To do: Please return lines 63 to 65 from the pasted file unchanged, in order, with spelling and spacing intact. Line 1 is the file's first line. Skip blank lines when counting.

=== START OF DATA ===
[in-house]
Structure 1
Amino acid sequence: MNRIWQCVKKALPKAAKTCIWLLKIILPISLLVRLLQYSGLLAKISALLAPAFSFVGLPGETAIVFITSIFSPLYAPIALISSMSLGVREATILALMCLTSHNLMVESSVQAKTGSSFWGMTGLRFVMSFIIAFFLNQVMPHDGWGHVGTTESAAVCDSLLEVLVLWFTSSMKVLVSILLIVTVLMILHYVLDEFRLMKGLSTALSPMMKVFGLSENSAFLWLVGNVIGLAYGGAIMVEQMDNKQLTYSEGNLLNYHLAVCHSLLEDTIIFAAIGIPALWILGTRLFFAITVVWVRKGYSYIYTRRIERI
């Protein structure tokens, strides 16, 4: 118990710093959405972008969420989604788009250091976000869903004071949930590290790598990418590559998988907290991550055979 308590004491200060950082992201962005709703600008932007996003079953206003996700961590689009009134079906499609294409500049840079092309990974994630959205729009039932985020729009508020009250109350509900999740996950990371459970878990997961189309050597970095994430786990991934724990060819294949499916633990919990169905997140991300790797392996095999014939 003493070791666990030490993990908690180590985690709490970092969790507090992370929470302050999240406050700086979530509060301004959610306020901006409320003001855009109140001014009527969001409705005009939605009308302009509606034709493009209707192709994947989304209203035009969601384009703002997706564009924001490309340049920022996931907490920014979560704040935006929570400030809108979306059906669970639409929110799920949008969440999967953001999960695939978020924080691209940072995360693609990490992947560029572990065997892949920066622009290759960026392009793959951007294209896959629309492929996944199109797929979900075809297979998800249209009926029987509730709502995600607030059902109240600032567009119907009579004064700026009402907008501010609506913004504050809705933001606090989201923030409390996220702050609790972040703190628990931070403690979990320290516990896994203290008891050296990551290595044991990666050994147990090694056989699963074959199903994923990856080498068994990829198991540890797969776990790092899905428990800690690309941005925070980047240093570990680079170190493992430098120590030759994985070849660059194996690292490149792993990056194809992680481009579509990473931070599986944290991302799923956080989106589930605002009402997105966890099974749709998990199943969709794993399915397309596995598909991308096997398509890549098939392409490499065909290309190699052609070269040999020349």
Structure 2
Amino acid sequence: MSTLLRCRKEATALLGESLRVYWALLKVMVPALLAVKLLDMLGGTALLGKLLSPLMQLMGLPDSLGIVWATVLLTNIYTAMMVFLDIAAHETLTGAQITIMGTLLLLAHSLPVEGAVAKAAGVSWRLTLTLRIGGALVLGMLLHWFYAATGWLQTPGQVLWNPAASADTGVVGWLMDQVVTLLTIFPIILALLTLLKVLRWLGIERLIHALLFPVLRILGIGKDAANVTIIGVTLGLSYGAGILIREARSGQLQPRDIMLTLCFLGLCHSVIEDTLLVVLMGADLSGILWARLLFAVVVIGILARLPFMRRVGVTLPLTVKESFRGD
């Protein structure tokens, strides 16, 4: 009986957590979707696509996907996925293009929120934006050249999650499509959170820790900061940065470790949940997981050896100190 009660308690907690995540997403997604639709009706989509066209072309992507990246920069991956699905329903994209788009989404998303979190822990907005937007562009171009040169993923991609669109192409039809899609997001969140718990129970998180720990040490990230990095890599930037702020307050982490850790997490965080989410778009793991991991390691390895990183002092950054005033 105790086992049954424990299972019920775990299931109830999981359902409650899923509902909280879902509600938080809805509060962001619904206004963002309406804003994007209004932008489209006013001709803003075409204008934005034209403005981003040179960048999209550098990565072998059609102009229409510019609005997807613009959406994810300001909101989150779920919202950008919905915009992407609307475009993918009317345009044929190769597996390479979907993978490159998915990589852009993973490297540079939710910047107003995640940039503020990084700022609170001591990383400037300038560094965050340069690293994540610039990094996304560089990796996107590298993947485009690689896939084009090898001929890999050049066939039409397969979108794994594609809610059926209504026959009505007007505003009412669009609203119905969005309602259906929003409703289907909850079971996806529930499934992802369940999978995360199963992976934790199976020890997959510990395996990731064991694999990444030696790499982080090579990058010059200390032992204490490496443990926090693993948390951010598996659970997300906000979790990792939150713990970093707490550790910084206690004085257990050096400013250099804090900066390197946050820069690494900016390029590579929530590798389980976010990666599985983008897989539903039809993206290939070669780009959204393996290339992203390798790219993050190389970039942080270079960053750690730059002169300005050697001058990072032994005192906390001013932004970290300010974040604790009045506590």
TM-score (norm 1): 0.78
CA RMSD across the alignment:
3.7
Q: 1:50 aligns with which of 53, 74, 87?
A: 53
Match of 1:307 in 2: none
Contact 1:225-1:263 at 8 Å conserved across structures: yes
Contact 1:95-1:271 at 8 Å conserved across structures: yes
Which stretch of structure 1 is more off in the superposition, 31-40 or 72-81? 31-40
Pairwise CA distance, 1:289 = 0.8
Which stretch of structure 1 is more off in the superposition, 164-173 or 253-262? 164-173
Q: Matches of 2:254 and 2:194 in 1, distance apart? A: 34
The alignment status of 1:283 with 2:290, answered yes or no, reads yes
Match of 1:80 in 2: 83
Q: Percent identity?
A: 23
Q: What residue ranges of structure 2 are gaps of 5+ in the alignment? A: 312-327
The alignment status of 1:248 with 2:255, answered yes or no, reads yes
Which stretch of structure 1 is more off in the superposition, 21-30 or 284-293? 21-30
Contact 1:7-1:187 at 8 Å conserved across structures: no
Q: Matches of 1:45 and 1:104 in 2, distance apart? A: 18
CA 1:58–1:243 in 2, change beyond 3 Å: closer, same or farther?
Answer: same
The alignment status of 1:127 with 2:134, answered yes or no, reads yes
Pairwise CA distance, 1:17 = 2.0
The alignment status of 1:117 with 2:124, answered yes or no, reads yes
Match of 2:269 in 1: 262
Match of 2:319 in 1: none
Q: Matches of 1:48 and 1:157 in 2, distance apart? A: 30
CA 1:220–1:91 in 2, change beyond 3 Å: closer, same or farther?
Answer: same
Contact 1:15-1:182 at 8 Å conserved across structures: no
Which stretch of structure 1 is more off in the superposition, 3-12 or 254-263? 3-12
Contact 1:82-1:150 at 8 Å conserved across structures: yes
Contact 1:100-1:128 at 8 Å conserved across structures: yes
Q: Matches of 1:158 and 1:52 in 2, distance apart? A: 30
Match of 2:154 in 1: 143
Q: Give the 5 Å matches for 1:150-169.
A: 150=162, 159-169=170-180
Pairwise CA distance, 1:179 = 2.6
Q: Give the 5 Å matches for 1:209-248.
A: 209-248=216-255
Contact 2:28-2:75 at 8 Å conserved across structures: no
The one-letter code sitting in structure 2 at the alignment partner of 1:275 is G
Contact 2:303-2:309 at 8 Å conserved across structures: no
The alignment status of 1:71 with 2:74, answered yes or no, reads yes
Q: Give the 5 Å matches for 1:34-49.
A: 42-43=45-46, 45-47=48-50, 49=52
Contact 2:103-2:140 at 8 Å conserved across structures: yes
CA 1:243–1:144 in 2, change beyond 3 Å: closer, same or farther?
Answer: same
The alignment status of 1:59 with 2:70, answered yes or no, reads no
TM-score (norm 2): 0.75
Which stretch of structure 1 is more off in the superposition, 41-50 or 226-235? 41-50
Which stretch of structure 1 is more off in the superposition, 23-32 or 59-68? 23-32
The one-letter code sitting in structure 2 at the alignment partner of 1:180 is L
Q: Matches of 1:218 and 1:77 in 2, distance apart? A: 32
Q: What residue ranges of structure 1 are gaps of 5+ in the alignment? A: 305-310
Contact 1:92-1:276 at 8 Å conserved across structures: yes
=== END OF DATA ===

The one-letter code sitting in structure 2 at the alignment partner of 1:180 is L
Q: Matches of 1:218 and 1:77 in 2, distance apart? A: 32
Q: What residue ranges of structure 1 are gaps of 5+ in the alignment? A: 305-310